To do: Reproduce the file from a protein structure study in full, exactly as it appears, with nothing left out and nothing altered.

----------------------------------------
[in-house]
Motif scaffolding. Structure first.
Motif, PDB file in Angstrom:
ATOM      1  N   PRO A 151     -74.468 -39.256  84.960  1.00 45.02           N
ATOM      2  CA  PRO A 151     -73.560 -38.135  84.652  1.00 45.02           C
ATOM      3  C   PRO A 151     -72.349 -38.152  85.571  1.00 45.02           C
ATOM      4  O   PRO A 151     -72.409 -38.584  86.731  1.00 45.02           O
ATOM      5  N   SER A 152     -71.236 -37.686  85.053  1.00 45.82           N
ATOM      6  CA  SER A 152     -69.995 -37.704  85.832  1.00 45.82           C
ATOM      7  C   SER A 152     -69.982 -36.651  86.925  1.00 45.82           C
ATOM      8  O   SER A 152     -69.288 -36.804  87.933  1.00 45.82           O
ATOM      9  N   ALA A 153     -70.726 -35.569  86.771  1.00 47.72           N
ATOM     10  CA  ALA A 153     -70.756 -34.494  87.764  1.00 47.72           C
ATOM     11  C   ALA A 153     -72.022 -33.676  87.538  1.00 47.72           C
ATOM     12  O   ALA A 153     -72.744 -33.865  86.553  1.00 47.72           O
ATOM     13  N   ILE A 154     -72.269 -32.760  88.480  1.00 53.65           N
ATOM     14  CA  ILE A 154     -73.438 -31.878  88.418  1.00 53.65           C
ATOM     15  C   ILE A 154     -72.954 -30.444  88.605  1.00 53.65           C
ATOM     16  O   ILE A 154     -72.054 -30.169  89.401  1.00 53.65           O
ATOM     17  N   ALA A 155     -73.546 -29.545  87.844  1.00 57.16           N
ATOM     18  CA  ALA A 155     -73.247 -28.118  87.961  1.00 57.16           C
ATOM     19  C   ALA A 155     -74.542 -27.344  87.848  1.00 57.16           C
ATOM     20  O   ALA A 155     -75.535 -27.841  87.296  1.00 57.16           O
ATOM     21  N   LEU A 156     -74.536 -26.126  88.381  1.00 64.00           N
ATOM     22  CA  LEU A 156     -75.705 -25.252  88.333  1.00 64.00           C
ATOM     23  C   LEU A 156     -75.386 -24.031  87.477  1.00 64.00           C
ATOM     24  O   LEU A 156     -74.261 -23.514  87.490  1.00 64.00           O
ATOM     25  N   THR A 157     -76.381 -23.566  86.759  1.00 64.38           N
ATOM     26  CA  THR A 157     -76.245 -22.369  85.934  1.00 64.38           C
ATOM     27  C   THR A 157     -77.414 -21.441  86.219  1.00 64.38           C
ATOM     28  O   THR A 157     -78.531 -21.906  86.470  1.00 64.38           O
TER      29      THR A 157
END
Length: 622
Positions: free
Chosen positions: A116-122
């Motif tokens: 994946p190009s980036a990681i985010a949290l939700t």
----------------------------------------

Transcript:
[in-house]
Motif scaffolding. Structure first.
Motif, PDB file in Angstrom:
ATOM      1  N   PRO A 151     -74.468 -39.256  84.960  1.00 45.02           N
ATOM      2  CA  PRO A 151     -73.560 -38.135  84.652  1.00 45.02           C
ATOM      3  C   PRO A 151     -72.349 -38.152  85.571  1.00 45.02           C
ATOM      4  O   PRO A 151     -72.409 -38.584  86.731  1.00 45.02           O
ATOM      5  N   SER A 152     -71.236 -37.686  85.053  1.00 45.82           N
ATOM      6  CA  SER A 152     -69.995 -37.704  85.832  1.00 45.82           C
ATOM      7  C   SER A 152     -69.982 -36.651  86.925  1.00 45.82           C
ATOM      8  O   SER A 152     -69.288 -36.804  87.933  1.00 45.82           O
ATOM      9  N   ALA A 153     -70.726 -35.569  86.771  1.00 47.72           N
ATOM     10  CA  ALA A 153     -70.756 -34.494  87.764  1.00 47.72           C
ATOM     11  C   ALA A 153     -72.022 -33.676  87.538  1.00 47.72           C
ATOM     12  O   ALA A 153     -72.744 -33.865  86.553  1.00 47.72           O
ATOM     13  N   ILE A 154     -72.269 -32.760  88.480  1.00 53.65           N
ATOM     14  CA  ILE A 154     -73.438 -31.878  88.418  1.00 53.65           C
ATOM     15  C   ILE A 154     -72.954 -30.444  88.605  1.00 53.65           C
ATOM     16  O   ILE A 154     -72.054 -30.169  89.401  1.00 53.65           O
ATOM     17  N   ALA A 155     -73.546 -29.545  87.844  1.00 57.16           N
ATOM     18  CA  ALA A 155     -73.247 -28.118  87.961  1.00 57.16           C
ATOM     19  C   ALA A 155     -74.542 -27.344  87.848  1.00 57.16           C
ATOM     20  O   ALA A 155     -75.535 -27.841  87.296  1.00 57.16           O
ATOM     21  N   LEU A 156     -74.536 -26.126  88.381  1.00 64.00           N
ATOM     22  CA  LEU A 156     -75.705 -25.252  88.333  1.00 64.00           C
ATOM     23  C   LEU A 156     -75.386 -24.031  87.477  1.00 64.00           C
ATOM     24  O   LEU A 156     -74.261 -23.514  87.490  1.00 64.00           O
ATOM     25  N   THR A 157     -76.381 -23.566  86.759  1.00 64.38           N
ATOM     26  CA  THR A 157     -76.245 -22.369  85.934  1.00 64.38           C
ATOM     27  C   THR A 157     -77.414 -21.441  86.219  1.00 64.38           C
ATOM     28  O   THR A 157     -78.531 -21.906  86.470  1.00 64.38           O
TER      29      THR A 157
END
Length: 622
Positions: free
Chosen positions: A116-122
């Motif tokens: 994946p190009s980036a990681i985010a949290l939700t």